Need to give your hand a break from the trackpad or mouse connected to your Chromebook? These two simple shortcuts let you maximize and minimize windows with Chromebook keyboard shortcuts.
The two keyboard shortcuts you want to know are the ALT plus = (or ALT plus +, which is how I like to remember it) and ALT plus – (Alt plus the minus key). These maximize and minimize Chromebook windows, respectively.
I use these in combination with the ALT plus TAB shortcut, which shows between all open Chromebook windows or apps. Pressing it repeatedly cycles through the open apps, making for a quick switch from window to window. Note that you can find all current Chromebook keyboard shortcuts on Google’s official support page.
You can see in a short video showing how quickly these work; bear in mind that I filmed this with an entry-level device so the window movement may appear slow. However, that’s not a function of the keyboard shortcuts.
You’ll notice I used three different types of Chromebook windows here. One is the Chrome browser, one is a Progressive Web App (PWA) and one is an Android app. I did that because these Chromebook keyboard shortcuts work across all windows, even Linux apps, even though I didn’t show that here.
I also didn’t show it but you can still use these Chromebook keyboard shortcuts in tandem with the upcoming partial split window feature. That’s still in the works but when it arrives on all devices, you’ll be able to tile your Chromebook windows in several different views. Currently, that feature does require using your trackpad or a mouse because you have to hover over the multitasking button for the different views.
Obviously, using a trackpad or a mouse to resize, maximize or minimize windows works. And it works well.
However, after training my hands with the muscle memory to use these Chromebook keyboard shortcuts, it’s much faster for me. I don’t have to move one hand away from the keyboard, for example, just to change window or app sizes. Give these a try for a few days and see if it speeds up your Chromebook workflow!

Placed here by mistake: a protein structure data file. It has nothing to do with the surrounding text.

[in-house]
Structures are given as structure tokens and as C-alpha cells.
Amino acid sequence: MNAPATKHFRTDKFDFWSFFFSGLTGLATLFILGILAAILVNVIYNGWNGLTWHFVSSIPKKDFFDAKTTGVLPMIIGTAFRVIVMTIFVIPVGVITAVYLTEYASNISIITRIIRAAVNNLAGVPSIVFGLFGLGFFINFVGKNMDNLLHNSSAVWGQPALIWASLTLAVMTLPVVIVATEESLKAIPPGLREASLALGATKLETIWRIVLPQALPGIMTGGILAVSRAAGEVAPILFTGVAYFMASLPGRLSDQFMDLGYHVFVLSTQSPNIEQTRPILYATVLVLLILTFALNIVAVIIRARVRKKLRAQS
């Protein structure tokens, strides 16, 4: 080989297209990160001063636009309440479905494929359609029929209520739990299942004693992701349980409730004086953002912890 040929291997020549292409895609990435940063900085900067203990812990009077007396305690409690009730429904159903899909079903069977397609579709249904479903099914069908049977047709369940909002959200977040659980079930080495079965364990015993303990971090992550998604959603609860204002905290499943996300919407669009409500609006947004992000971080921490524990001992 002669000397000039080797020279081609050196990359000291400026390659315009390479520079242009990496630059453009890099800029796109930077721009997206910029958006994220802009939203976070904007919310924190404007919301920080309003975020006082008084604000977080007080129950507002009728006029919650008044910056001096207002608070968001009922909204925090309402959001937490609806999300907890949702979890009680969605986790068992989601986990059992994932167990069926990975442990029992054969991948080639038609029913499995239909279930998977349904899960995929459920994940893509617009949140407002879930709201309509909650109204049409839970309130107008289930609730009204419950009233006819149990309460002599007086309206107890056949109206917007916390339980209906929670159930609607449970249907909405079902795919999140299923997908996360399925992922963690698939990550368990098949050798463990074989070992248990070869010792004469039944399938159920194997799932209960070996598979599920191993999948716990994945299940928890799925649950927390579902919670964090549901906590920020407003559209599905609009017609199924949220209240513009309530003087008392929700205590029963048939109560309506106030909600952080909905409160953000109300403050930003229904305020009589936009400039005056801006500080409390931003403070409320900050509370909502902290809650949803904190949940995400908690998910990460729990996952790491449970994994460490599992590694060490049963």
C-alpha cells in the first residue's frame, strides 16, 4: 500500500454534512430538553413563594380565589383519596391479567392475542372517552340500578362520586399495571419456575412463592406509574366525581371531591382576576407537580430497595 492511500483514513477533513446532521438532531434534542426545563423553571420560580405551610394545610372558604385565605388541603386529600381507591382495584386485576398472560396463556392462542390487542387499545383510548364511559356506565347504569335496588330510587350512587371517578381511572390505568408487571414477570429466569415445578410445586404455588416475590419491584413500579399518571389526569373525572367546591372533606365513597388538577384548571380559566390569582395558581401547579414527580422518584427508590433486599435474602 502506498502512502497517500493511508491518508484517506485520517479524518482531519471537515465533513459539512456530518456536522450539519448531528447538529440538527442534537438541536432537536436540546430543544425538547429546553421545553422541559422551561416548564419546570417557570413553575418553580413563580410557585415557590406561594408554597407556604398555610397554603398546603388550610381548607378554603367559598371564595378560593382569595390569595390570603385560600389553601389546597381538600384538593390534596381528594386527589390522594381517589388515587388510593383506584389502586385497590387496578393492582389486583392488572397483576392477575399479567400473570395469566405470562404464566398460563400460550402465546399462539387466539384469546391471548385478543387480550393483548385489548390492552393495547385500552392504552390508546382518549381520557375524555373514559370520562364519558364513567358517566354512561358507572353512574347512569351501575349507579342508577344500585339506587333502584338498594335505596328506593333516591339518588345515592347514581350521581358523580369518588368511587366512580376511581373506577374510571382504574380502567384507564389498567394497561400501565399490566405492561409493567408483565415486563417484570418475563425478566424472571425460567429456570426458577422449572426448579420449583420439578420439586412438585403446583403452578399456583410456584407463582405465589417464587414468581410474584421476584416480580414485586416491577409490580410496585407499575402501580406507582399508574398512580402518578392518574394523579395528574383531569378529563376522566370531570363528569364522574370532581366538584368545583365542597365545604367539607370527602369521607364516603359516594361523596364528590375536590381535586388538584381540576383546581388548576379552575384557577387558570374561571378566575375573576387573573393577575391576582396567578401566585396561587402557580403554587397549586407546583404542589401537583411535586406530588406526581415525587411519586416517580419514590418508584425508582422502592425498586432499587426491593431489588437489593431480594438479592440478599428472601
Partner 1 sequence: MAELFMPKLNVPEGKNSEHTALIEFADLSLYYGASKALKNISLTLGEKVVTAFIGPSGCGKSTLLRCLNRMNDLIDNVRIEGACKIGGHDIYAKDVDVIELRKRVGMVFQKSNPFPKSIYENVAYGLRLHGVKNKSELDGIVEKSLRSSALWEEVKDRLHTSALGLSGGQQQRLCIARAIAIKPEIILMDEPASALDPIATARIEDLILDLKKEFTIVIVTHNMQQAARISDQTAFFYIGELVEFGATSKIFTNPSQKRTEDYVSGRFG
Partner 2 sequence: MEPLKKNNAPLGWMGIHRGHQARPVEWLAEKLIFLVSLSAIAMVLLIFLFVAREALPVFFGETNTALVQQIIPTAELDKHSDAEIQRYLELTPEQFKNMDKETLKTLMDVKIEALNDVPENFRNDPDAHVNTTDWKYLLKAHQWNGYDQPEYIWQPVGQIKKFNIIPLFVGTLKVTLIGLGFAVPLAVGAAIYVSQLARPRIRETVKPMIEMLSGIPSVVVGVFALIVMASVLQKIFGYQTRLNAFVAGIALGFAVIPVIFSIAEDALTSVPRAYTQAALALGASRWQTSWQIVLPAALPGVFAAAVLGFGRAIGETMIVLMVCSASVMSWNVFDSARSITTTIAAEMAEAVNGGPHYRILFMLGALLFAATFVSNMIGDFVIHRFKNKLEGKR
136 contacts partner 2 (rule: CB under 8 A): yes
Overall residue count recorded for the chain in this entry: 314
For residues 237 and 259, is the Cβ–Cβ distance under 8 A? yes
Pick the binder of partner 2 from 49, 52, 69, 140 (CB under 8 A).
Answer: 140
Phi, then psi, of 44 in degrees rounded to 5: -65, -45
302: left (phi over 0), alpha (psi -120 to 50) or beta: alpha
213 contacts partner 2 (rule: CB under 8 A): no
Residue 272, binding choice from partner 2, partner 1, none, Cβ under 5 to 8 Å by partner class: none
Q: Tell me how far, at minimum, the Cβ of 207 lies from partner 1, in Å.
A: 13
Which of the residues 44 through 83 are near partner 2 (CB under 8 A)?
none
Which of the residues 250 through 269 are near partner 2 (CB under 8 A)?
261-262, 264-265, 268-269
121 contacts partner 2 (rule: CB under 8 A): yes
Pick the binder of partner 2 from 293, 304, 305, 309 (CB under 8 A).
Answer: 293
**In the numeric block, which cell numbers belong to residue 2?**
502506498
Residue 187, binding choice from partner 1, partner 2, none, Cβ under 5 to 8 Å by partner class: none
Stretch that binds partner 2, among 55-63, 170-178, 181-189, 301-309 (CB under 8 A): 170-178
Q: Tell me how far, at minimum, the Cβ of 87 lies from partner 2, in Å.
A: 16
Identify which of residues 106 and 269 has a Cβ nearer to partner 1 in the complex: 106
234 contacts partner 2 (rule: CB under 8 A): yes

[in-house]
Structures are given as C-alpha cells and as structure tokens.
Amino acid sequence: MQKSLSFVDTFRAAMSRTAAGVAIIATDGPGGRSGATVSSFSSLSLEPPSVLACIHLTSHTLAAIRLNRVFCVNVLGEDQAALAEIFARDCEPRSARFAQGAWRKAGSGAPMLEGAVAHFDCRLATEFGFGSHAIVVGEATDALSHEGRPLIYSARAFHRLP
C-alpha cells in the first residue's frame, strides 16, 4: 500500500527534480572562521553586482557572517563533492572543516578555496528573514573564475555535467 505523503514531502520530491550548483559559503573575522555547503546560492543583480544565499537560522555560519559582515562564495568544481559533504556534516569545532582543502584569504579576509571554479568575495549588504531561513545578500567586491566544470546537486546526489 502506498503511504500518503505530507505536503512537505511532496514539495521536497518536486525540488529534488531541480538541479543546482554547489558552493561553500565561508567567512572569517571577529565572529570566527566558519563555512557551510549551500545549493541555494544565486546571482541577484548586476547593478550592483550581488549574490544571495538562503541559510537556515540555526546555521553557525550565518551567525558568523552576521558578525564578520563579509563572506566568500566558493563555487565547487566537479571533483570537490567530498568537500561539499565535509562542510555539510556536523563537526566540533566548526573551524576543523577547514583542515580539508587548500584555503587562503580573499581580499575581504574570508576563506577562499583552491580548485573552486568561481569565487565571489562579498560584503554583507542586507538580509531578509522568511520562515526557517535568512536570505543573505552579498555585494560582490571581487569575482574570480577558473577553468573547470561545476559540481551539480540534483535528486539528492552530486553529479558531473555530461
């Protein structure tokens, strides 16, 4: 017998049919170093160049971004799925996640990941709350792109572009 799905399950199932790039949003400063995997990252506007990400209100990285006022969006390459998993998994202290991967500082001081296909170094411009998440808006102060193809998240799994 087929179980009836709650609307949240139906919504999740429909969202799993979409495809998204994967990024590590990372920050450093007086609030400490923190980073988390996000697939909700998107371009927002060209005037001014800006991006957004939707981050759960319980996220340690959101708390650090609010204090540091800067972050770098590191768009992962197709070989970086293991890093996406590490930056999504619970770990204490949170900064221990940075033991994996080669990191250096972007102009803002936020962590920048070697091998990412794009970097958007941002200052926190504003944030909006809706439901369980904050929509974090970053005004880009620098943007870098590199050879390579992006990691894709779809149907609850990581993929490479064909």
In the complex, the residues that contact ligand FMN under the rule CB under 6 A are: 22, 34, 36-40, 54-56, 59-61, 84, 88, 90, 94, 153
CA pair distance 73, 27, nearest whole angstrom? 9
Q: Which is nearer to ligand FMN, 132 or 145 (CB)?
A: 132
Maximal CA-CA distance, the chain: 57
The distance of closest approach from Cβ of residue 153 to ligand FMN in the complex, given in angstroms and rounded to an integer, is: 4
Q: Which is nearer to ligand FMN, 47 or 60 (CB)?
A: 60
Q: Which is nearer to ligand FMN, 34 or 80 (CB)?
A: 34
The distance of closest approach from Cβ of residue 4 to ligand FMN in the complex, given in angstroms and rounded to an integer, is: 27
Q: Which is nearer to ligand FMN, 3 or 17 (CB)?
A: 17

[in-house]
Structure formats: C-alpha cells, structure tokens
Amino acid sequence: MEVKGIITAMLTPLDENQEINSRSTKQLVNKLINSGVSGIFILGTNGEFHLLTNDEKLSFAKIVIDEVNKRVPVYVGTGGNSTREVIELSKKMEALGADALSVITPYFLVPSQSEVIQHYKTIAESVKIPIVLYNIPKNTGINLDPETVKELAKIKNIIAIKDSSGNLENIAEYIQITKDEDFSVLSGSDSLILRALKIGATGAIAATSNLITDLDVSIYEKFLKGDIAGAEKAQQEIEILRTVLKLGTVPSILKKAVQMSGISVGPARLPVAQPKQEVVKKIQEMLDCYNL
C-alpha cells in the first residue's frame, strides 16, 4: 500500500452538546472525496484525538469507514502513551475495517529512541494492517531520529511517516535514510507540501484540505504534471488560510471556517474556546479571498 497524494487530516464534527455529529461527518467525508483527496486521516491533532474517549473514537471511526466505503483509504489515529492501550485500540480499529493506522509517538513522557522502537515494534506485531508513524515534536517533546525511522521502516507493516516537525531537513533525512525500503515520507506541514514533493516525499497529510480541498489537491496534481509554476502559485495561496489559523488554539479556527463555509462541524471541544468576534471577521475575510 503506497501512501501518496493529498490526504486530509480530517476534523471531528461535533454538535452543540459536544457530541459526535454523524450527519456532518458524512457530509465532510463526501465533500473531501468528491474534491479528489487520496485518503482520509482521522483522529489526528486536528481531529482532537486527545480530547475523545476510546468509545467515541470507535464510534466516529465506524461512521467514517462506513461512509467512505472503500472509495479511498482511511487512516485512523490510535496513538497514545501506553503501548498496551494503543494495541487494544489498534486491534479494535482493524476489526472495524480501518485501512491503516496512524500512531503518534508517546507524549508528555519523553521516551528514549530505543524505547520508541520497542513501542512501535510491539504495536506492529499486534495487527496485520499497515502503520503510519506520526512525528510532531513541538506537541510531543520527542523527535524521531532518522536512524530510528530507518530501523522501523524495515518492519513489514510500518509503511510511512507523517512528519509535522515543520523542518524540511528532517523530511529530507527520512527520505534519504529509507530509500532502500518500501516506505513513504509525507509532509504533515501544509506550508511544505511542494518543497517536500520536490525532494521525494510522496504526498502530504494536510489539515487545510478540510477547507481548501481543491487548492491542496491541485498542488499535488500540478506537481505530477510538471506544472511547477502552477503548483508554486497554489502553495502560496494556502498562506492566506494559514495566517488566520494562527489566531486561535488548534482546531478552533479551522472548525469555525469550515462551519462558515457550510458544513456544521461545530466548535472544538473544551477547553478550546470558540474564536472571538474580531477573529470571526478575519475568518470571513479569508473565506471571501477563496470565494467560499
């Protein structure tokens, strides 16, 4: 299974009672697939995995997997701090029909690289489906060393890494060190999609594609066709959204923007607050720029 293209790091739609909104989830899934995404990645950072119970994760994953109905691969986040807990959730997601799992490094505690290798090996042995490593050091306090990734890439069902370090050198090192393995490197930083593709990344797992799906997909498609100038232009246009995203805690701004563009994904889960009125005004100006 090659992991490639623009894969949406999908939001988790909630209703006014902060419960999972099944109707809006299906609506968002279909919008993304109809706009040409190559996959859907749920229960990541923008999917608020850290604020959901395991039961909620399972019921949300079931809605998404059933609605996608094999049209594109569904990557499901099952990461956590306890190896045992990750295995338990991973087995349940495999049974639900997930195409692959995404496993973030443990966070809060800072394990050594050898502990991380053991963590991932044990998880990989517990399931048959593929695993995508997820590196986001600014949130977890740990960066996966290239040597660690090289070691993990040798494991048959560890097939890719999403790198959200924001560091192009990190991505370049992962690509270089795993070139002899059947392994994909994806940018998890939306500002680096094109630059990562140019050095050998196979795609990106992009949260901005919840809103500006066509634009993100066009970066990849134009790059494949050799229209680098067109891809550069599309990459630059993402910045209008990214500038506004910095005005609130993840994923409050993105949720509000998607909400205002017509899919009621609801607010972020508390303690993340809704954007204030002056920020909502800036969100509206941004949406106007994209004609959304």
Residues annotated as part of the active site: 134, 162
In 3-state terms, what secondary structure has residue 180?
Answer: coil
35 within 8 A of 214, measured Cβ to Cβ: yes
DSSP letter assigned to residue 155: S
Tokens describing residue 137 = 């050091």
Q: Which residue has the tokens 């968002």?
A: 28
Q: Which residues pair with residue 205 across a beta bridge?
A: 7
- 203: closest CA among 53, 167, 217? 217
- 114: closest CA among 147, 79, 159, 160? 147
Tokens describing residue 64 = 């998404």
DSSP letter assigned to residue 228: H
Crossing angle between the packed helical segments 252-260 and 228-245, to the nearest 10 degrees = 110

5 thoughts on “How to maximize and minimize windows with Chromebook keyboard shortcuts”
By far and away, the biggest productivity boost that Google could finally give Chromebooks is the ability to remap the Search key to either of the screen brightness keys. This is only too, too obvious because the screen brightness slider bar is built right into the system shelf. For many/most users, this remapping options would relinquish the rightful keyboard position of the Caps Lock key. And the loss of an Alt+ screen brightness key (keyboard backlighting brightness) would never be missed by most users. The currently available remapping options come at the expense of serious usability losses.
I’d so like to see these keyboard shortcuts working with Firefox on Linux…
You are in luck – ChromeOS *is* a Linux distro, and you can install Firefox on Chromebook! It works great! https://www.mozilla.org/en-US/firefox/browsers/chromebook/#:~:text=There%20are%20two%20ways%20to,is%20developed%20for%20mobile%20devices.
Of course, that won’t help on Ubuntu or any of the other 57 variety’s of Linux.
Thanks Bruce – but I already have Firefox on Linux on my Chromebook.
My question is just about using keyboard shortcuts to max/minimise/snap Firefox windows on Chromebook.
Kevin seemed pretty sure this works on Linux windows, but my experience is that it does not for Firefox.
Does not work on Dec. 7, 2022.